Allograft or other tissue samples are used to treat many diseases and/or defects. These grafts are procured from organ donors and must be stored to allow for viral and bacterial testing for safety prior to shipping to surgical centers for implantation into patients. Based on studies looking at viability of the cells in the grafts, recommendations have been given for implanting tissues as soon after harvest as possible in order to maximize success. Safety testing takes a minimum of 7 days and more often 10-14 days for final clearance. Storage of tissue, such as allograft tissue, for transplantation or other scientific or medical purposes allows time for medical testing, recipient patient preparation, or to preserve tissues for other purposes. Storage conditions for allograft or other tissue samples may influence tissue viability, integrity, and/or sterility.
Here’s how we might best map the problem onto the Contradiction Matrix – ‘Duration of Action’ being the primary attribute the invention is trying to improve, and stability (or lack thereof) being the attribute causing the inadequate preservation life.
And here’s the inventive steps used to create the solution:
…A process for osteochondral tissue preservation comprising storing the osteochondral tissue at room temperature in a container comprising a serum-free culture medium comprising dexamethasone for from about 7 days to about 70 days prior to implantation, wherein at least 70% of the cells of said osteochondral tissue remain viable after said storing compared to the viability of the cells of the osteochondral tissue at day 0.
Essentially, we get two illustrations of Principle 35, Parameter Change, in action here. The first is a switch in the culture medium in which the tissue is preserved. The second is somewhat more counter-intuitive and relates to the increase in temperature from the refrigerated convention to ‘room temperature’. As such I think it represents just what Principle 35 is all about: changing a parameter – temperature in this case – to such an extent that a non-linear effect is achieved. It is not, in other words, about optimizing a parameter, but using variation of that parameter to cross some kind of non-linear boundary. This inevitably involves some kind of bravery. The level steps up even further when, like the team of inventors here, they try changing the parameter in the ‘wrong’ direction.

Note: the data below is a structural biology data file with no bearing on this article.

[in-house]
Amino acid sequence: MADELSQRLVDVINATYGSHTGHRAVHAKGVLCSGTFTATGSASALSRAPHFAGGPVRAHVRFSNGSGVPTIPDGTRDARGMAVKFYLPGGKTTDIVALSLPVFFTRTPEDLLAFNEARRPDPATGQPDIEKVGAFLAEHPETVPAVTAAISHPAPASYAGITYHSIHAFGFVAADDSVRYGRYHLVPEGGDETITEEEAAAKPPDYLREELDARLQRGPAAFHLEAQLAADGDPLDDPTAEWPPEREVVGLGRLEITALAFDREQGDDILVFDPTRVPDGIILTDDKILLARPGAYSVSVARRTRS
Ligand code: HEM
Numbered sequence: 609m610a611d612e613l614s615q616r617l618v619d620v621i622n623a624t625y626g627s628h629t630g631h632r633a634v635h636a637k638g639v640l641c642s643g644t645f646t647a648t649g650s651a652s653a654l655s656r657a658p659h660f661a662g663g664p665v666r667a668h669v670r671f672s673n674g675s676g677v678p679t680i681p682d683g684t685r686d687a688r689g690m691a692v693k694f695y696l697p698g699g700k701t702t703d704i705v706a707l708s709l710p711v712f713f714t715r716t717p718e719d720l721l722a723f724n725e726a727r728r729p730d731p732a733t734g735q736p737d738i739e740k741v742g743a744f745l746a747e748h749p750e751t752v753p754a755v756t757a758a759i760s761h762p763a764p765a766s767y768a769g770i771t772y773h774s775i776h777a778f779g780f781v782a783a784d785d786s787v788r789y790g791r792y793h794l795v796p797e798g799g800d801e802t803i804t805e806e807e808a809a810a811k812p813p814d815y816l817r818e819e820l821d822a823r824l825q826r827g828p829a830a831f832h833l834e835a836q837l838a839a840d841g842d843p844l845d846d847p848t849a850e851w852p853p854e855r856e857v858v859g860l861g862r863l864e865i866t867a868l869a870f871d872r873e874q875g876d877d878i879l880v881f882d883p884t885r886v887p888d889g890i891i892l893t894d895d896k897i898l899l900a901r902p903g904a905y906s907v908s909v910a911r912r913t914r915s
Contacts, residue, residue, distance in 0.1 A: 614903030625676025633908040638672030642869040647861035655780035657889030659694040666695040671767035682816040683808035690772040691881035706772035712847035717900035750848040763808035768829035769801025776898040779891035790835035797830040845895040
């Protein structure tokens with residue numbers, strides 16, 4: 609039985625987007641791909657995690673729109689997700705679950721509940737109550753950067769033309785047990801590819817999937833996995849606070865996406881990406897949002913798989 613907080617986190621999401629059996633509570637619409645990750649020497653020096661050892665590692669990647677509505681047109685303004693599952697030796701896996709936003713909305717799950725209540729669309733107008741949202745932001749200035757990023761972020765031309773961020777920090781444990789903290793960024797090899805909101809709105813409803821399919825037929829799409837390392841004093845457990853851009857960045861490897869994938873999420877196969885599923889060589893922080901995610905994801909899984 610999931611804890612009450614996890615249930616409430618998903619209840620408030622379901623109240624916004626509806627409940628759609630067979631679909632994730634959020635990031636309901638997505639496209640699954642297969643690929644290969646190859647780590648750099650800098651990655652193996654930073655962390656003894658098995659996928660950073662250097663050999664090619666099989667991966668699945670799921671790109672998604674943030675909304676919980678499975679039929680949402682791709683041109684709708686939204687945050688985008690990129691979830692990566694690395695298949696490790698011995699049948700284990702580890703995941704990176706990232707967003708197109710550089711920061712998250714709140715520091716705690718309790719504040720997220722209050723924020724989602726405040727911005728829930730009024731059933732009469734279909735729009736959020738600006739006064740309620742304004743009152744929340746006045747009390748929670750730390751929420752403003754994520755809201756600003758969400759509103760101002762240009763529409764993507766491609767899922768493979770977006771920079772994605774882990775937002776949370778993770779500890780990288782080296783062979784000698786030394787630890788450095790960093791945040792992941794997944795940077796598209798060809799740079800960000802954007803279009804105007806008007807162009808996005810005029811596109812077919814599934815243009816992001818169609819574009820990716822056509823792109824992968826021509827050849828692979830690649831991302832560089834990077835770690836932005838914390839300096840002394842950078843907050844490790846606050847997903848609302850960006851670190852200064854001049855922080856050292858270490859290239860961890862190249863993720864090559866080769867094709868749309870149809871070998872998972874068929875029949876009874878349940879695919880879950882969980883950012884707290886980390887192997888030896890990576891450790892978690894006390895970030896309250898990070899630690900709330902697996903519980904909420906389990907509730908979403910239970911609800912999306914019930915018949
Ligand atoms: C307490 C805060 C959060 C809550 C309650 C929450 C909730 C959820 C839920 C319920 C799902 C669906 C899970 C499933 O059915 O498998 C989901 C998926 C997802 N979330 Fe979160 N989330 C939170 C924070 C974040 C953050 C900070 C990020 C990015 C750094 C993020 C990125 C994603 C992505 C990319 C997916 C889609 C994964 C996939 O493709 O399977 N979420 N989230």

Not to mention the later claim concerning the container. Check out Principles 24, 31 and 39 in this description:
…A method for preserving osteochondral tissue at room temperature in a chamber comprising a serum-free culture medium comprising dexamethasone prior to implantation, the method comprising: placing the osteochondral tissue in a chamber base with said culture medium, the chamber base configured to maintain the tissue and the serum-free culture medium comprising dexamethasone; forming a tissue preservation chamber by covering the chamber base with a lid to form a barrier to contaminants, the chamber comprising at least one filter, a media inlet coupled to at least one filter for maintaining a sterile environment inside the chamber, and a media outlet, the media outlet including a media outlet conduit that extends into the chamber to permit removal of media; wherein the media outlet comprises a one-way valve to prevent reentry of culture medium exiting the chamber; and storing the osteochondral tissue at room temperature for from about 7 days to about 70 days prior to implantation…
It’s the real thing, people…